Fishing: Expect 'retaliation' from licence blocks says French minister
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Bruno Bonnell, a member of the French parliament who is in the same party as Emmanuel Macron, argued that the row started over a lack of licences for France’s trawlers. One UK trawler has been detained in a French port in an escalation of the diplomatic row triggered by France claiming there is a lack of licences for French boats to fish in UK waters. French ministers have warned they will block British boats from some French ports and tighten checks on vessels travelling between France and the UK if the issue is not resolved by Tuesday – as well as threatening the electricity supply to the Channel Islands.
Speaking to BBC Radio 4’s Today programme, Mr Bonnell said: “I like the idea that France is threatening but I like the idea too that we have 244 boats waiting for their licence to fish and that’s where the whole thing started.
“It’s like a chicken and egg situation, now the blame is on France when it was originally on someone else.
“Let’s say that we will break no law for sure. Let’s say that the law we’re respecting, we’d just like this to be applied.”
Presenter Nick Robinson asked: “You won’t break the law but you are willing to just go a little bit slow when it comes to approving licences, doing custom checks for boats and lorries?”
Mr Bonnell continued: “Yes, talk about it to the French fishermen who will be losing 25 percent of their business every month because they don’t get the licence.
“If we do face a situation where there is a blockade, there will be some retaliation.
“I don’t know if it’s fair or not, I just know the whole thing started because the principle of the deal out of Brexit was broken by the British authorities.”
Environment Secretary George Eustice did not rule out blocking French vessels in return as he struck out at a claim from France’s Europe minister Clement Beaune that the only language Britain understands is “the language of force”.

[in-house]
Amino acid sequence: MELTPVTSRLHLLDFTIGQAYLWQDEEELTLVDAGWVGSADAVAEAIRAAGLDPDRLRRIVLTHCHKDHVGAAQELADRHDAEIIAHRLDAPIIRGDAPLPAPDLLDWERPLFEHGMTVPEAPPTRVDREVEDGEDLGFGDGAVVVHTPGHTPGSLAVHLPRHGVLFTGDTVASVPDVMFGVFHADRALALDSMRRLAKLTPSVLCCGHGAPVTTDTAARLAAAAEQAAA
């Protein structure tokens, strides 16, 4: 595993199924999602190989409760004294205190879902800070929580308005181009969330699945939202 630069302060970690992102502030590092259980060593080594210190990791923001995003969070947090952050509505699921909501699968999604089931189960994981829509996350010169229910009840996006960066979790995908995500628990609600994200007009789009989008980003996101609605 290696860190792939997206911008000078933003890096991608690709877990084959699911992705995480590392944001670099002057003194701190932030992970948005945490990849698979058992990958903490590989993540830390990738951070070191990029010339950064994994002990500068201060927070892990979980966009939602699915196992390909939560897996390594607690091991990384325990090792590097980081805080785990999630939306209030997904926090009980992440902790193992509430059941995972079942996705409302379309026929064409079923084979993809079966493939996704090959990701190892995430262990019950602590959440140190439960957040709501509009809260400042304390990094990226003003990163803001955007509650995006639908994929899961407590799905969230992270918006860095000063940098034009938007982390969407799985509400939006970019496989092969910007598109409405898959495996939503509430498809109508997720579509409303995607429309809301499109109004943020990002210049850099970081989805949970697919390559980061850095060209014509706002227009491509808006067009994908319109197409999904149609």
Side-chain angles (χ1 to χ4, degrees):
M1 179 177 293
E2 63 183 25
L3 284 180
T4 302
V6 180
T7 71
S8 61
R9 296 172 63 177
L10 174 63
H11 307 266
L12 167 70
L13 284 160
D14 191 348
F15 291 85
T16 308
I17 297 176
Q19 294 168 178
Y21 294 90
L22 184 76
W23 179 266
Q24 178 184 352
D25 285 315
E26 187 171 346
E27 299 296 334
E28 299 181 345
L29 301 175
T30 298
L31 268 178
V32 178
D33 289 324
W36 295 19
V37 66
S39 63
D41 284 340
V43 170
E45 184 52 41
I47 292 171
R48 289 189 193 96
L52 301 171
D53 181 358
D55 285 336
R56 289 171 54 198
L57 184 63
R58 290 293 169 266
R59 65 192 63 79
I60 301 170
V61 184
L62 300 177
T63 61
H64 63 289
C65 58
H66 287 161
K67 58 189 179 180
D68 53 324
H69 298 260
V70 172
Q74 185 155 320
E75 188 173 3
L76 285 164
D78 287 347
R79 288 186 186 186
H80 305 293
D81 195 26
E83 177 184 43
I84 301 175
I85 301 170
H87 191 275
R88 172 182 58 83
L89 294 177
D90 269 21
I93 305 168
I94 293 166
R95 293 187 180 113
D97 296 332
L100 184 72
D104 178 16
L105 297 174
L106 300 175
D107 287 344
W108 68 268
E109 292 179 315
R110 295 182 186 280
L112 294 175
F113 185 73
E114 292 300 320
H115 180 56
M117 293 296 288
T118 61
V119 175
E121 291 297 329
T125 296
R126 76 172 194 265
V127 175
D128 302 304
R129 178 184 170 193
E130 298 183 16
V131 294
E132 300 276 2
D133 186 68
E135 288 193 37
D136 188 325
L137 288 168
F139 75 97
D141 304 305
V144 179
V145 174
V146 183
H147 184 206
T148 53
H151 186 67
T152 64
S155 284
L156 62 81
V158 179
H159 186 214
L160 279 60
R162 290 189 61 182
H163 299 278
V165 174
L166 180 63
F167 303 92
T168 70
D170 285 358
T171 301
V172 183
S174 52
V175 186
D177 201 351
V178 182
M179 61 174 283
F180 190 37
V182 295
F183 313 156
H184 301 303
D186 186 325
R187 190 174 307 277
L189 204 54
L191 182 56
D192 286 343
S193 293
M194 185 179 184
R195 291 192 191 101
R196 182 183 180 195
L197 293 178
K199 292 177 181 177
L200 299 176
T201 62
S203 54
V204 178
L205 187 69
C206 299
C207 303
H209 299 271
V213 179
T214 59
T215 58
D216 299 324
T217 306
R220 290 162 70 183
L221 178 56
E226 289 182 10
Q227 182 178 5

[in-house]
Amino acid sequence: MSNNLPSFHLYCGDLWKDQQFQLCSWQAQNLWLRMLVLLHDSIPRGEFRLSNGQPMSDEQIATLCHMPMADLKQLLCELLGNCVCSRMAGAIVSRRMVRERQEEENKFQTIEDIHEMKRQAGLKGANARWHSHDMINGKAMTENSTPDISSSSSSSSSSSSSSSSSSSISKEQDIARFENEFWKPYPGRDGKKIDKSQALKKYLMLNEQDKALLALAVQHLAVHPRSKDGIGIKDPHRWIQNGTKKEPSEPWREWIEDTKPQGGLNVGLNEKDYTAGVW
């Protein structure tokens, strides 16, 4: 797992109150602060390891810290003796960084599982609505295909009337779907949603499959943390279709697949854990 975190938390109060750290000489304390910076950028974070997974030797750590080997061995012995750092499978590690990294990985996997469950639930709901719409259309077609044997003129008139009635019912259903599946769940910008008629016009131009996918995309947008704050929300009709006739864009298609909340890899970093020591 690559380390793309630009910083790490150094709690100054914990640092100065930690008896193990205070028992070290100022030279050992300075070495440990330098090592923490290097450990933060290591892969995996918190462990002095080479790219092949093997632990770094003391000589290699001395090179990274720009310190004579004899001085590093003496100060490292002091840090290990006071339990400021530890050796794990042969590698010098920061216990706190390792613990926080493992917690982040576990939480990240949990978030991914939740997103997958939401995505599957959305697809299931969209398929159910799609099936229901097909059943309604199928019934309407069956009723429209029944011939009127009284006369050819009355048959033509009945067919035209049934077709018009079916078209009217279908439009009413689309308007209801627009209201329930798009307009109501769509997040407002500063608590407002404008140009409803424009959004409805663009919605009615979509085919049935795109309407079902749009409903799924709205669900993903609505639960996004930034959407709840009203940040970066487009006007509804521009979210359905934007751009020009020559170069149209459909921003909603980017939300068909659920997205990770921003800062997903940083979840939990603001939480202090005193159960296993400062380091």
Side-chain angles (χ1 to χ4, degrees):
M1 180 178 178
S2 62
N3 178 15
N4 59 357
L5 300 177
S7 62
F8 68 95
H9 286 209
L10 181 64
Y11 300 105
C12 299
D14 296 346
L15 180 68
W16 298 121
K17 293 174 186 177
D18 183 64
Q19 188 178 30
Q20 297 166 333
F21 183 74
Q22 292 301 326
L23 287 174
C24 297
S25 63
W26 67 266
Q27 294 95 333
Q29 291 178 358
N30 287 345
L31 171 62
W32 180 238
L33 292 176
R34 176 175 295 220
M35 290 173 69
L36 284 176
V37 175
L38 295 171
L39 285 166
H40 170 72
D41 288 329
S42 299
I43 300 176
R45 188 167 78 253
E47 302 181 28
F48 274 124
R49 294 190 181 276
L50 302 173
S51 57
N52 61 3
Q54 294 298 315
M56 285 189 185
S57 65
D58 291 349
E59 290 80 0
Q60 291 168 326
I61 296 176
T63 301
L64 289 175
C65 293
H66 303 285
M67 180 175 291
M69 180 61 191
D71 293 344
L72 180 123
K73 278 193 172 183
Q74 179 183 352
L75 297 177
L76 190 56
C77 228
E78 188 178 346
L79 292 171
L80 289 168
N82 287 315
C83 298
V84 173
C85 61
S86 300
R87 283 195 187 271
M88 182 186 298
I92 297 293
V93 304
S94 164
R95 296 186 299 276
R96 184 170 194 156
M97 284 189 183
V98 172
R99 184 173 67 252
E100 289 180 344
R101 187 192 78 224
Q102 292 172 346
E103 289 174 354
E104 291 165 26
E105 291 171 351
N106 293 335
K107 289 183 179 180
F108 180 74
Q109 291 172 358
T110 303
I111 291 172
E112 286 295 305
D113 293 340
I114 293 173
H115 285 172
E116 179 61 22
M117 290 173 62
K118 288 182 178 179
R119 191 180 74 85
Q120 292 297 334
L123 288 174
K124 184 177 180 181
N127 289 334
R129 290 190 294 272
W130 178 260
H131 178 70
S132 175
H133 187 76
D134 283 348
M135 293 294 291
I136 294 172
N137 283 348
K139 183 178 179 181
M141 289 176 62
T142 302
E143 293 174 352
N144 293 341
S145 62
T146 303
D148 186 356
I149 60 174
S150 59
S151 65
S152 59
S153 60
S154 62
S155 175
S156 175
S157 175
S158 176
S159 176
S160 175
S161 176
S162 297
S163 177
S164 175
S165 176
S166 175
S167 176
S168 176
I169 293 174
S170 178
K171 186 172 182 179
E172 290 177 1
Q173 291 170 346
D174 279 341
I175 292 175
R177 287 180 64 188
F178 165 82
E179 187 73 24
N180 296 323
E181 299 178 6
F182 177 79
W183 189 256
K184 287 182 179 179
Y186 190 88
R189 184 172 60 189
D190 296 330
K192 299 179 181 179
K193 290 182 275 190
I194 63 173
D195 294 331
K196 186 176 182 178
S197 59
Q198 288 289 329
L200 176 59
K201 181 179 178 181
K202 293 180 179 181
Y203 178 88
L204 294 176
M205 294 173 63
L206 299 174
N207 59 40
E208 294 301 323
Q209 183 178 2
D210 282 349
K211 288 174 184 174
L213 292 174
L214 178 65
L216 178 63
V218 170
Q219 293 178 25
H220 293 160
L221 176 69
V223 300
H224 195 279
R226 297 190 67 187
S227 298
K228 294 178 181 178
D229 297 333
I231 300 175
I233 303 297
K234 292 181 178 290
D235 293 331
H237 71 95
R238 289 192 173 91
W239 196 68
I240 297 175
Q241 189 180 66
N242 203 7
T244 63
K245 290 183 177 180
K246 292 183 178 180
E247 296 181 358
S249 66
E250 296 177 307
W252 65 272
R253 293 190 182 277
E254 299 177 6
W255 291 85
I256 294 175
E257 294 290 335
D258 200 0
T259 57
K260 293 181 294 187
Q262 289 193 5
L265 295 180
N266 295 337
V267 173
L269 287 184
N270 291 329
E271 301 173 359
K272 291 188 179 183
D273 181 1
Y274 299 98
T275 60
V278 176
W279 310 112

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Mr Eustice told BBC Breakfast: “That is completely inflammatory and is the wrong way to go about things.”
Asked how the UK will respond if France does go ahead and block British trawlers, the Cabinet minister said: “Two can play at that game.”
He insisted any British response would be “proportionate”, adding: “It’s always open to us to increase the enforcement we do on French vessels, to board more of them if that’s what they’re doing to our vessels – there are other administrative things we can require of vessels.”
Pressed if the Government could block French vessels landing their catches in the UK, he responded: “If the French obviously do continue with this, then yes, we will take a proportionate response to that.”
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Mr Eustice acknowledged that the France detaining the British vessel may have been a “routine operation” but has received mainstream attention because French authorities last week “said they were going to introduce all sorts of problems and make life difficult for people”.
Britain has said France’s threat would likely breach EU law and Ms Truss has said she will ask the ambassador “to explain the disappointing and disproportionate threats made against the UK and Channel Islands”.
UK ministers met on Thursday to consider the response, with the prospect of tit-for-tat action if France carries out its threats.
Brexit minister Lord Frost, who chaired the meeting, said: “I remain concerned by French plans on fisheries and beyond”, adding that “we expect to have more to say” on Friday.
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